Every so often I log out of social media.
I do it to remind myself that I don’t need to use it as much as I think I do.
I do it to free up space in my mind for my own thoughts and opinions.
I do it so that I can spend my free time doing other things that will be more fulfilling.
And when sometime passes and I choose to log back in, I am always reminded that if I’m not mindful I can end up wasting a lot of time and energy.
There are good arguments to support both sides.
On one hand perhaps you should lower your expectations because they’re too high. Examples of this could be expecting to earn £50,000 as a graduate with no experience or expecting a friend to reduce their rates even though you know the quality of their work will be more than worth it.
Then on the other hand, a reason not to lower your expectations is because you don’t want to get into the habit of settling. I think there’s a fine line between knowing what you want and expecting too much. Knowing what you want is great. Believing that it is possible to have more than you have right now even though it might take time is a pretty fantastic thing.
One of the most common reasons that people lower their expectations is because they allow the thoughts and opinions of others to convince them that what they want is unrealistic.
If that is the case, it might be worth being more selective about who you get advice from and who you choose to listen to.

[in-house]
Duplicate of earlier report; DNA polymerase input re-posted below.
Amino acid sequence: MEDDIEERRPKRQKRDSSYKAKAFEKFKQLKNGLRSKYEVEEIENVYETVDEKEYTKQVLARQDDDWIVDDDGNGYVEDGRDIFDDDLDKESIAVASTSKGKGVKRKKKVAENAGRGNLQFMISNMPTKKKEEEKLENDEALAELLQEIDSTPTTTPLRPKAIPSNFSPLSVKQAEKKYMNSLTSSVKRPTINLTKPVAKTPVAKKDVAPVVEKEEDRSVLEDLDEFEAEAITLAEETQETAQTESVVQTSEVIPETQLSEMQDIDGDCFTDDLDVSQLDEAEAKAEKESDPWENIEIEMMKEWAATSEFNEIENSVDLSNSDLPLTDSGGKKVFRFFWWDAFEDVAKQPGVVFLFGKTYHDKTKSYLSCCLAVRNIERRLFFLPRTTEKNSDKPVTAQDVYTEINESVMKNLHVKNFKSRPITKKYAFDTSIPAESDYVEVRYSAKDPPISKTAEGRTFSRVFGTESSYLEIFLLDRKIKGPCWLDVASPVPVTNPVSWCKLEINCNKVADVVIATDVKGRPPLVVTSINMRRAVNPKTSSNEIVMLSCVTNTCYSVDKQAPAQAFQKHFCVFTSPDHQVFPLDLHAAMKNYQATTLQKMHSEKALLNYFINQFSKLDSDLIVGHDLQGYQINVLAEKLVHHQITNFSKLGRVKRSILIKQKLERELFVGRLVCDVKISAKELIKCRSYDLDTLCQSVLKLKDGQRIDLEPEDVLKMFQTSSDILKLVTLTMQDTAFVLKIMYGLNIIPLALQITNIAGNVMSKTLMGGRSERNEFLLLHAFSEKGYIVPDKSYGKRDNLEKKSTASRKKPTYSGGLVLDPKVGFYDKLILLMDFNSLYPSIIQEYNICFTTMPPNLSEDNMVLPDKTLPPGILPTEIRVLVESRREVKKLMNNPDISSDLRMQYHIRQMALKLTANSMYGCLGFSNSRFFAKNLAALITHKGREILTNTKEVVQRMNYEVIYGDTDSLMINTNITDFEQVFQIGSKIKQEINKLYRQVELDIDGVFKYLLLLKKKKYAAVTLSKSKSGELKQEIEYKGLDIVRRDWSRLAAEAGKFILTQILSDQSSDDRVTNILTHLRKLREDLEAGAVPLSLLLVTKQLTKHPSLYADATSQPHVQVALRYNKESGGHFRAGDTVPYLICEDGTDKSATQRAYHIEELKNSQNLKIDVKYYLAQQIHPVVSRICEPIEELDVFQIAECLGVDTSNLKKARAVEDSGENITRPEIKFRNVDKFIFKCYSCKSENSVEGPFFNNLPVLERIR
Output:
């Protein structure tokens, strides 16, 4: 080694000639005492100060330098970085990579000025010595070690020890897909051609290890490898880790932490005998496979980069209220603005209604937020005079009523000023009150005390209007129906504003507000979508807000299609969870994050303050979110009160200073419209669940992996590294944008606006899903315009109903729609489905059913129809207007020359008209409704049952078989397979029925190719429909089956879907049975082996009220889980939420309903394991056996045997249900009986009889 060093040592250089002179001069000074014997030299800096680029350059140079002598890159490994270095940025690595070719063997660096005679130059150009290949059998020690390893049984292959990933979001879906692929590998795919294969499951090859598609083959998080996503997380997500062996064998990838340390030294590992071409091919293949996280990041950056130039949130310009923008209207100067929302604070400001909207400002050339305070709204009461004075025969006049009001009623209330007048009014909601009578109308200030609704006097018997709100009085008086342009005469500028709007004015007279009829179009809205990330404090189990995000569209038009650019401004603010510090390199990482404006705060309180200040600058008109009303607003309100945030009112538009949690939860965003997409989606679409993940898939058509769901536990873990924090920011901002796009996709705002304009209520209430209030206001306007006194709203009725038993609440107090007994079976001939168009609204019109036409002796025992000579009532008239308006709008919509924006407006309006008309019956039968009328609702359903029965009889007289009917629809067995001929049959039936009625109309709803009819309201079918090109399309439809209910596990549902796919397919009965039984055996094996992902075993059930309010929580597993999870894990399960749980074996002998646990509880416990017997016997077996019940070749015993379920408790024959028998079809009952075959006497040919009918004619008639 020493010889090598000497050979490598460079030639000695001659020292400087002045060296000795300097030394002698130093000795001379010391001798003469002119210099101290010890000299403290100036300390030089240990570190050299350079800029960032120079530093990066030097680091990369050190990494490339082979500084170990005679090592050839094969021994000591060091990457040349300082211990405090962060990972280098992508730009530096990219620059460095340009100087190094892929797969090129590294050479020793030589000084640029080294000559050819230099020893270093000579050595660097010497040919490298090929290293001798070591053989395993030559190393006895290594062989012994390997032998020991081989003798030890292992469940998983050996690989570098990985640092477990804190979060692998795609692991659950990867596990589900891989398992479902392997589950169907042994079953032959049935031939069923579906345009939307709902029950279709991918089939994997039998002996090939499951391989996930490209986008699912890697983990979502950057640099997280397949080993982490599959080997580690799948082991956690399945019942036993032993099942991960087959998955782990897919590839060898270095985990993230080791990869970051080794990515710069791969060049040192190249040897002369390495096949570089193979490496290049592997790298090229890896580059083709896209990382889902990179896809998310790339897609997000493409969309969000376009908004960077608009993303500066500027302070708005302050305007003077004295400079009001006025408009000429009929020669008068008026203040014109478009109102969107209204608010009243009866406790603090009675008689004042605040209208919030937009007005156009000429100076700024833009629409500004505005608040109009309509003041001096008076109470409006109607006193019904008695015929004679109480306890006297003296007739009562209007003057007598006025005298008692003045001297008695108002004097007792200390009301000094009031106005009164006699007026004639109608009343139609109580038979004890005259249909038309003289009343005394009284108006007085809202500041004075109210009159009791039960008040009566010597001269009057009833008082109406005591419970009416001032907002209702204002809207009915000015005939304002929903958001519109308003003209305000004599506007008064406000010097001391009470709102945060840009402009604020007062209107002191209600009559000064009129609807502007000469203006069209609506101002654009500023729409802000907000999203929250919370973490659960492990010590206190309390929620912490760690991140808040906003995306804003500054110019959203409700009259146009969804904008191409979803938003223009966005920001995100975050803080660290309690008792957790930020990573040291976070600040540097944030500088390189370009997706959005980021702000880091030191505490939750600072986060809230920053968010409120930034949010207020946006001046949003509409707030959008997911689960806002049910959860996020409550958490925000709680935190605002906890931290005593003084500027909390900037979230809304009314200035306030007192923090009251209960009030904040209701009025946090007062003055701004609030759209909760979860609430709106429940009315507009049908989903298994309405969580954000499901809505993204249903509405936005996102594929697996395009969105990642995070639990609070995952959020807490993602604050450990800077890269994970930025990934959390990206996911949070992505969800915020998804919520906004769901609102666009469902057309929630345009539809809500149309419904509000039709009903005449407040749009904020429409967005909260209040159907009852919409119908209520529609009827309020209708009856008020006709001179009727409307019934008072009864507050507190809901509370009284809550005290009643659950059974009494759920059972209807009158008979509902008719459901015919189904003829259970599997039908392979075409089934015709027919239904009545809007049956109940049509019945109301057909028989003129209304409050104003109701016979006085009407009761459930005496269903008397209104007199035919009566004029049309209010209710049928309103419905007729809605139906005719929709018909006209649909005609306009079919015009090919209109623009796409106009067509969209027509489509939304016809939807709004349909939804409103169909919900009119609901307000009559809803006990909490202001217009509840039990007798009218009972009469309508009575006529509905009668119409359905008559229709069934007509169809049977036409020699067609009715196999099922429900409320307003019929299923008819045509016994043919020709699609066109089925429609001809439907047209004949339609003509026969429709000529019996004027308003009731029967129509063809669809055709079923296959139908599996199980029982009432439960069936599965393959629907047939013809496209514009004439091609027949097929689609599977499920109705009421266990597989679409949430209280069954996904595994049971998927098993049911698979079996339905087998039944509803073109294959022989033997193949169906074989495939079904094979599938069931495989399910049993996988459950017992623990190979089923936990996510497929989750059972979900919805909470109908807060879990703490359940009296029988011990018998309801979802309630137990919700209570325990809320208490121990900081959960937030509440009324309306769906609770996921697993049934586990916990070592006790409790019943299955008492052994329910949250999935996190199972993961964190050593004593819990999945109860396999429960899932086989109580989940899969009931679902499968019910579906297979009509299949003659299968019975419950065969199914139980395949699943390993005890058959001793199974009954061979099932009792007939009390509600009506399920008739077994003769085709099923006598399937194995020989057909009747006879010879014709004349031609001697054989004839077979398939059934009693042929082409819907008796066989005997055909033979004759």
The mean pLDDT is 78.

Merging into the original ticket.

I think most people like receiving praise. Not necessarily in front of a large crowd with the spotlight shining down but to simply be told you did something well is more than enough.
Many people go around thinking they’re subpar and for them praise serves as a reminder that they’re doing okay. It can be difficult to tell yourself that you did a good job, perhaps it feels big headed or self indulgent.
Feedback on the other hand can be difficult to take from others but easy to give to yourself.
It feels good to be told that you did something well but it isn’t always easy to hear what you need to work on from other people.
Afterall, how could this person know what you’ve been through and have they considered that you’re doing your best.
This observation of how we take in praise and feedback is simply a reminder not to cling too much to opinions and perceptions, not even even your own.
Most of us start out with big dreams of what we want to do with our lives. Then slowly, bit by bit, as the years go on we start to settle.
We settle from setbacks that lower our self-belief until you’ve convinced yourself that they were unrealistic anyway.
Other times you have people tell you that your dreams are too big, that they won’t work and that you need to be realistic.
Sometimes you’re aware of it but other times you have no idea until years have gone by and you’re wondering what happened to those dreams you used to have.